TURIN — Andy Palmer, addressing the Automotive News Europe Congress here last week, sounded the same worrisome themes about industry economics made famous by Sergio Marchionne, with a bit of Bob Lutz's doomsday talk thrown in.
Palmer, Aston Martin's CEO, told conference attendees that the increasing commoditization of cars will force mass-market manufacturers to change their business models or face extinction.
"I do believe we are at the beginning of end of the traditional automotive industry," he said.
Palmer drew on his nearly 40 years in the mass-market industry, most recently as co-COO of Nissan, to make his remarks at the event, held at Italdesign's headquarters. "For a long time, the business model has been stack 'em high and sell 'em cheap," he said. "But profitless volume is no way to build a sustainable company. It makes no sense to spend 1 billion [euros] on a new car and discount it almost at launch."
Palmer referenced Marchionne's 2015 analysis titled "Confessions of a Capital Junkie," in which the Fiat Chrysler Automobiles CEO argued that automakers need to consolidate to stop spending billions making almost identical products.
"In our industry there are too many capital junkies spending billions and getting too little return for it," Palmer said.
The problem will get worse as autonomous and electric technology encourage more ride-hailing and ride-sharing.
"We risk moving toward commoditization of a pod," he said, drawing a comparison with the aerospace industry as a possible scenario for car manufacturers. "The world does not need dozens of nameplates making the same objects. There are more than 75 automotive nameplates in Europe, but just four plane makers," he said.
Lutz, General Motors' former vice chairman, brought up similar themes — and created an uproar — when he wrote in Automotive News last fall: "We are approaching the end of the automotive era." He called dealers a "threatened species" because large fleet companies such as Uber and Lyft will buy their autonomous pods in bulk from the manufacturers.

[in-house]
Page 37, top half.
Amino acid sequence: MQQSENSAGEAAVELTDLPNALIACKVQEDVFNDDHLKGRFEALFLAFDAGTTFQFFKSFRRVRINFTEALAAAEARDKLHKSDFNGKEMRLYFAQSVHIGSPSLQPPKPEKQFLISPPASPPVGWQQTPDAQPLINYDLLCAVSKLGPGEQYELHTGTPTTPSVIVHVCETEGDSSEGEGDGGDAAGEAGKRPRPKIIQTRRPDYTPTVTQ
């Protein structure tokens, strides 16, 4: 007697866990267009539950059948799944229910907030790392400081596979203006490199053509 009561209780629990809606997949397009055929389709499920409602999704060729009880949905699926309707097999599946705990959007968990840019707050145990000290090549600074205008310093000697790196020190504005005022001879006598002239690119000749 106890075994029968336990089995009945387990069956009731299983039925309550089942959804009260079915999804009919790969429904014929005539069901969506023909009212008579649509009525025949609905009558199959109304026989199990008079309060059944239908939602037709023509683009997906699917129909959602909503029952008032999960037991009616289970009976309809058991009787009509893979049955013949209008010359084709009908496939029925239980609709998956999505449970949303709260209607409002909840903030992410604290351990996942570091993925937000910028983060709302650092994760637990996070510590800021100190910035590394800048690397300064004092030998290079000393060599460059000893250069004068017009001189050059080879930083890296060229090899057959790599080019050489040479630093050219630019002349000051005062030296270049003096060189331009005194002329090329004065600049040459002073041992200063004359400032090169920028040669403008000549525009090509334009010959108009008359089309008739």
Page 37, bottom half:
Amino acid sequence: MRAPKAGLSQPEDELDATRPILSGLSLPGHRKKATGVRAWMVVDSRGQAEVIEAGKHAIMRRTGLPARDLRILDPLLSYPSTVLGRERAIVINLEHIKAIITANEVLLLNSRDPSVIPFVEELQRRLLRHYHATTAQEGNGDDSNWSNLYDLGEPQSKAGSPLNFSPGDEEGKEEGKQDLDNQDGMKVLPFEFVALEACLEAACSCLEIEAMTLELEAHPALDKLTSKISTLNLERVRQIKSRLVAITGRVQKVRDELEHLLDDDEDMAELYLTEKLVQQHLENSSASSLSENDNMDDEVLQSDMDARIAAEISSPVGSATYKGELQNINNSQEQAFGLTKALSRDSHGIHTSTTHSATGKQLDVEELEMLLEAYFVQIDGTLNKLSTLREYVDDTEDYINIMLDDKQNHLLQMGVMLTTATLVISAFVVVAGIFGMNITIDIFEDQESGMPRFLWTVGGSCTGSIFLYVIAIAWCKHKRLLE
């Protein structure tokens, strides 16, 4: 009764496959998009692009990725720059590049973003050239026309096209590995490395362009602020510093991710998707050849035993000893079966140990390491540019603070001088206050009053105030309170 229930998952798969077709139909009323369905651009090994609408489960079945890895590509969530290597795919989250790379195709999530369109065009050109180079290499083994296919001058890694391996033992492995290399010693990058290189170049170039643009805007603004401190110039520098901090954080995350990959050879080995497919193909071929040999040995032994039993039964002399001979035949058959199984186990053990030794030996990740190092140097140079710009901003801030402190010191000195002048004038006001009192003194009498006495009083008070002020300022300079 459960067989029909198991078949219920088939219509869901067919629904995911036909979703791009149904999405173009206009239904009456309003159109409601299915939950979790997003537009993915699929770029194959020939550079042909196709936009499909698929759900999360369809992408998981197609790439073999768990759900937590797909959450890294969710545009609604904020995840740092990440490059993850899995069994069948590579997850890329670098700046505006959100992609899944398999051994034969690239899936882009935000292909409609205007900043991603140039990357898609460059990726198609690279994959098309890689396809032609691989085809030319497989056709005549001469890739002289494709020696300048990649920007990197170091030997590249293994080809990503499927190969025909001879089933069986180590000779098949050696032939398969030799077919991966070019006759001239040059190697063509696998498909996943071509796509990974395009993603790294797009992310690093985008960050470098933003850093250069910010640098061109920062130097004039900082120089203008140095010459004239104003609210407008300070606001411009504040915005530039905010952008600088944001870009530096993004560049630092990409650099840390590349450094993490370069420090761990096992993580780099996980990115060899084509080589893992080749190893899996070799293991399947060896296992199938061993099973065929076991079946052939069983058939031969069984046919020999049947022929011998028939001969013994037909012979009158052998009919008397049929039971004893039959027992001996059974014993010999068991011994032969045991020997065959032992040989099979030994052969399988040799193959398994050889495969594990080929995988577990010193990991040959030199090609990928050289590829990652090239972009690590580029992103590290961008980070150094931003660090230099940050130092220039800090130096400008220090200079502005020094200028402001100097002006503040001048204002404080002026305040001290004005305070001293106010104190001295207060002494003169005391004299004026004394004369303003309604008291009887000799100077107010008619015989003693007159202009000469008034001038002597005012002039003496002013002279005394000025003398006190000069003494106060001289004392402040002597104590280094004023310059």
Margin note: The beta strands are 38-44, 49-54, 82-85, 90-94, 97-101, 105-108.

Palmer said there is a need for "a different business model" that capitalizes on customers' desire to own beautiful, exciting cars built by a company with a strong brand.
"People are still looking for emotion in their motion and that's where the luxury manufacturers sit, and where Aston Martin is flourishing," he said.
Aston Martin has proved that car companies don't need to be part of a wider giant group to survive and generate good profit margins, Palmer argued.
Aston Martin has an agreement with Daimler AG to supply V-8 engines, electrical systems and technology such as semiautonomous driving features.
Aston Martin reported a profit in 2017 after six years of losses and has maintained its profitability in 2018.
One reason for Aston's financial improvement is the demand for ever more expensive cars, including hypercars such as the Valkyrie, which is due next year and expected to cost £2 million to £3 million ($2.7 million to $4 million), fueled by the growth of high net worth individuals globally.
Said Palmer: "It's almost as though the more expensive it is, the easier it is to sell."